Vice Mayor Column: Cambridge has a shared responsibility to help the homeless

October 17, 2016: Many municipalities around the country are large, sprawling metropolises that span many square miles. The Metro Boston area, however, is different. We are a mix of smaller fiefdoms that exist independent of one another. Despite our different names, different forms of government and different identities, we struggle with many of the same issues. Whether it's affordable housing, job creation, the environment or improving public schools, the cities of Metro Boston have a great deal in common. Despite these similarities, policy makers and department heads from our various cities rarely get together to talk about how we can work cooperatively in addressing our mutual challenges.

Like so many other issues, homelessness is an issue that impacts all of our communities, yet there is very little, if any, coordinated efforts from one city to the next. Our homeless community members are transient. They often travel via public transportation from one community to another trying to obtain services ranging from shelters, to meals, to public services. We often talk about who are "Cambridge's homeless" or "Boston's homeless" when in reality we all share a responsibility to support these vulnerable individuals who frequent all of our communities at one time or another.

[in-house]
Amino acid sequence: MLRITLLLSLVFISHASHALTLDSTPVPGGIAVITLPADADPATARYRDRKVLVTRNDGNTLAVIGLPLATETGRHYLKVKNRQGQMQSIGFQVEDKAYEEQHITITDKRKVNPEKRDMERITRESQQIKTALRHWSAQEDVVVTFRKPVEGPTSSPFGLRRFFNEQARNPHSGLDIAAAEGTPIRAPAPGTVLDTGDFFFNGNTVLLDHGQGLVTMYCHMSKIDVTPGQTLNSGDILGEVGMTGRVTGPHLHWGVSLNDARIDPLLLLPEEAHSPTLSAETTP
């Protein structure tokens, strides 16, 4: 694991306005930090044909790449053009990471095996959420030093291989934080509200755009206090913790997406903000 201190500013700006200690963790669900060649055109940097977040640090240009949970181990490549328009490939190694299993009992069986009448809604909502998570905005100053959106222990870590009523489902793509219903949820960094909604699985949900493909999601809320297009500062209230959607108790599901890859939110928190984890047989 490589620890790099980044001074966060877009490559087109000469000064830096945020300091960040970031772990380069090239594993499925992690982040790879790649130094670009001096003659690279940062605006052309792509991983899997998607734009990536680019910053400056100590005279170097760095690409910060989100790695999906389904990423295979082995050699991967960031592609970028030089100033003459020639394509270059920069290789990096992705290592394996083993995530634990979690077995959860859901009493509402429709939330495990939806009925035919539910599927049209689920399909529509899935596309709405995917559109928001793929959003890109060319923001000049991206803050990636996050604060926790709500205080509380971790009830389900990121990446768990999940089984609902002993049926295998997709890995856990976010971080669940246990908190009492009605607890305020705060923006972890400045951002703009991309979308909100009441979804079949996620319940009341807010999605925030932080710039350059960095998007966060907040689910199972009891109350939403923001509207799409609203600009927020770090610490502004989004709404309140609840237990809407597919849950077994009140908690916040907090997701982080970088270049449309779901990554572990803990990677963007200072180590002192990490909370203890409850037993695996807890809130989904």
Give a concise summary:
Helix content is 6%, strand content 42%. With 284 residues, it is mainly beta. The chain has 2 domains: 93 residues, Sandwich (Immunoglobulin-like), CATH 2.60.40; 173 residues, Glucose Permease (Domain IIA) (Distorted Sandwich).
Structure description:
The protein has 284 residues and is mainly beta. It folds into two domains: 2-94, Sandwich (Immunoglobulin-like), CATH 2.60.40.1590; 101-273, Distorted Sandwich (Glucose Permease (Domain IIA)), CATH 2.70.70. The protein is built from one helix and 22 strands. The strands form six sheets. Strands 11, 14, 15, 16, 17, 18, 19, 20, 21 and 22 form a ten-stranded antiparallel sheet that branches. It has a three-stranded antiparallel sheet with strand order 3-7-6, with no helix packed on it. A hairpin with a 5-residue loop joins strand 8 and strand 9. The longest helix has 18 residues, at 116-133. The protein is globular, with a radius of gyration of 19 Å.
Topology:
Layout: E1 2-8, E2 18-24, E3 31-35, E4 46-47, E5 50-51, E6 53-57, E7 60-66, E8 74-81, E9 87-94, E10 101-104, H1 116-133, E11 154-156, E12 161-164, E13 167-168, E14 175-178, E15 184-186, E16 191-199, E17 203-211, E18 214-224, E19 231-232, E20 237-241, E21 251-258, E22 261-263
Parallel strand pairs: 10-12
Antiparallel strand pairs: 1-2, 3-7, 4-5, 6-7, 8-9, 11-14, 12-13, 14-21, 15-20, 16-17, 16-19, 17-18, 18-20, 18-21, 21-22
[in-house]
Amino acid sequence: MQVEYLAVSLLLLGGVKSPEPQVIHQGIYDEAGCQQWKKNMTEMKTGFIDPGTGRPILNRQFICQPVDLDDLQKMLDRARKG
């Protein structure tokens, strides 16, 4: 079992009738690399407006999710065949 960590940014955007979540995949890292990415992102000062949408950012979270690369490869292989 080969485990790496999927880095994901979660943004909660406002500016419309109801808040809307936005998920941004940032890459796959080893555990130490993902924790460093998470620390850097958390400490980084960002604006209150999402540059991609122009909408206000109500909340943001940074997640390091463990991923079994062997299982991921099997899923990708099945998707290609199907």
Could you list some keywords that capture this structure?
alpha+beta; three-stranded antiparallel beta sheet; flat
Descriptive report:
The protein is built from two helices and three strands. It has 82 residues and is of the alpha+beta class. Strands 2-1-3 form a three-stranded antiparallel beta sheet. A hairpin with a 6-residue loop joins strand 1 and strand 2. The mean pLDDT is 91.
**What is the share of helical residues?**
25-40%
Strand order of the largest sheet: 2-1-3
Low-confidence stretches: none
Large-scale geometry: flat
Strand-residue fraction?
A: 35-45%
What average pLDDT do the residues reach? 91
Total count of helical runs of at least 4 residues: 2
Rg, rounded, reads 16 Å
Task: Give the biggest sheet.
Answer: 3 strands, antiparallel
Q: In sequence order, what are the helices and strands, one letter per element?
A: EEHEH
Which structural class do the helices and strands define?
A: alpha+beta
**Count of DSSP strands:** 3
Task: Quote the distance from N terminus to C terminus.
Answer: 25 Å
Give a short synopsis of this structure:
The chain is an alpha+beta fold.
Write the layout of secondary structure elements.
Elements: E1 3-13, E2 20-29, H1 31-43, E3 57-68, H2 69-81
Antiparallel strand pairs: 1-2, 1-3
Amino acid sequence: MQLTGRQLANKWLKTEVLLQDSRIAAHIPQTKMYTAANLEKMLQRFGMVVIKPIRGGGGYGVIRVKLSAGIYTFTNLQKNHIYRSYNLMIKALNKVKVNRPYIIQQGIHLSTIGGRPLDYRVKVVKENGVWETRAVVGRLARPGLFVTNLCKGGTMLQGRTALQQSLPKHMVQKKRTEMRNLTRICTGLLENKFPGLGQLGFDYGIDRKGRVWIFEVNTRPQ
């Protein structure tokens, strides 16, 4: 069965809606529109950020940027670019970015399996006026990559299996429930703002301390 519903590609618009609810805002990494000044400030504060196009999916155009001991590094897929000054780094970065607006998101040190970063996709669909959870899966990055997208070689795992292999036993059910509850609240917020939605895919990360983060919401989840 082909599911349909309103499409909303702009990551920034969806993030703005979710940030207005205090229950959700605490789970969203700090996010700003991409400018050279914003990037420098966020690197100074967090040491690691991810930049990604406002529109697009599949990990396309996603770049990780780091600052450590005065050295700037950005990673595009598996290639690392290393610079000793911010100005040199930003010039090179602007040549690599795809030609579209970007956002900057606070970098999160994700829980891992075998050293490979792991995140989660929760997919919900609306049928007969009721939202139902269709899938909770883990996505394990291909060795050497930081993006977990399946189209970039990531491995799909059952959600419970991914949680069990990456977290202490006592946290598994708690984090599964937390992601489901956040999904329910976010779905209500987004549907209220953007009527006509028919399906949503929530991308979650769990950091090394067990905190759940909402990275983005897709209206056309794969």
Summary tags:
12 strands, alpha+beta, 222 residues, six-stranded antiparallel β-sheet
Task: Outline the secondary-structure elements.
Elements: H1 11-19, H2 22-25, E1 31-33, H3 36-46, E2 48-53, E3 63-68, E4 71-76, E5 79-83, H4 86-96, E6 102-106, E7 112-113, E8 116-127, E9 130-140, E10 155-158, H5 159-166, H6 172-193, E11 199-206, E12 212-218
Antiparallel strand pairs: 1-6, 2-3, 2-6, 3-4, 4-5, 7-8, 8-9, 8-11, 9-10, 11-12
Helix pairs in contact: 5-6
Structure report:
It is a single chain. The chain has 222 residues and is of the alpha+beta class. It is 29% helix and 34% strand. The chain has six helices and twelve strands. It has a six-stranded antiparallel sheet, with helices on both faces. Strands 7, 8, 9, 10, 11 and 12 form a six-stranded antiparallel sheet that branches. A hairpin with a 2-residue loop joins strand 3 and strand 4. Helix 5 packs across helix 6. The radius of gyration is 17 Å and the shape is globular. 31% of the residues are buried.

It is because of this shared responsibility that I asked Mayor E. Denise Simmons to allow me to create the Metro Boston Homelessness Summit. The goal of this group is to bring together policy makers and department heads from Cambridge, Boston, Somerville, Everett, Chelsea, Medford and Malden for a series of four meetings over the course of the next several months to address homelessness on a regional basis.

This work will include looking at what each of these communities is currently doing to address homelessness, what each community is planning in the future to address homelessness, where our communities overlap, where there are gaps, what state wide experts say we should or should not be doing and then finishing by issuing a report with information and recommendations on how we can work better together moving forward. This is the first time these communities will come together to address this issue collaboratively.
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